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2 Corinthians 6:14  (King James Version)
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<< 2 Corinthians 6:13   2 Corinthians 6:15 >>


2 Corinthians 6:14-17

What is the attraction of Halloween? Are people really into ghouls, spirits, devilry, and monsters? Are Americans really that attracted to the otherworldly theme of the holiday? No, probably not. Polls to the contrary, most Americans do not believe in demonic or even angelic spirits enough to think of Halloween as some kind of celebration of them. The answer lies in the donning of costumes and the consumption of alcohol: Halloween is the year's biggest escape from reality!

The ancient Celtic celebration of Samhain (November 1), from which All Saints' Day and All Hallows Eve derive, was a kind of New Years holiday. Along with the days immediately before and after, it was special because the Celts believed that the boundary between this world and the spirit world relaxed or lifted, allowing spirits to cross between them more easily. As this idea terrified superstitious people, they mollified the spirits by leaving out food and treats so that they would not curse them. Some practiced various forms of divination to contact departed loved ones. Druids thought this to be the best time to seek guidance from the dead, and the bards sought otherworldly inspiration for their poetry and song.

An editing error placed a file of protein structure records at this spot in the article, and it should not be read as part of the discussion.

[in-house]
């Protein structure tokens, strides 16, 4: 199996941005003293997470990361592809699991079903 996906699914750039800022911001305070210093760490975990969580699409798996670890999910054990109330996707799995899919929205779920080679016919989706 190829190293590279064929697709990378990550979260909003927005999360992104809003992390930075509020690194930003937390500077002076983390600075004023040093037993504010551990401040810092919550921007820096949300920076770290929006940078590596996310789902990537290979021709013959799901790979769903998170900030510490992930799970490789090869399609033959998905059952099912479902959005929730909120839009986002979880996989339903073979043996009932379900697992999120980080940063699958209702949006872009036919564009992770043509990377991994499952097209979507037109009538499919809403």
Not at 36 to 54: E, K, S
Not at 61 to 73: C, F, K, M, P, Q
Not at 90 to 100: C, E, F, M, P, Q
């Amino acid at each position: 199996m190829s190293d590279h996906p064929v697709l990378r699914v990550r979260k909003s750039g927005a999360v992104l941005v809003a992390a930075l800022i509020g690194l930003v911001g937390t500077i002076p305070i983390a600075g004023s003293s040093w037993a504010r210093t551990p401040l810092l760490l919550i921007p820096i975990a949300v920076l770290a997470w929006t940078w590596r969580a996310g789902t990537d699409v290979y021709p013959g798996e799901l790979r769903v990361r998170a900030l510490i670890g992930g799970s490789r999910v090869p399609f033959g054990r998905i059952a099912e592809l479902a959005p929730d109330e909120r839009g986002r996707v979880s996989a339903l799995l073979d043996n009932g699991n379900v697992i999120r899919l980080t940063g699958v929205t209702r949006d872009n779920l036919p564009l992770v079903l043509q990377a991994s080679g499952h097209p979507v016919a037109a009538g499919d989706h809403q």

Another interesting aspect of Samhain's celebration is that the Celts considered it to take place in "no-time," that is, neither in the old year nor the new. Since this "no-time" was a time to itself, normal laws, order, strictures, and customs were held in abeyance for these three days of merriment. People thus did whatever they pleased.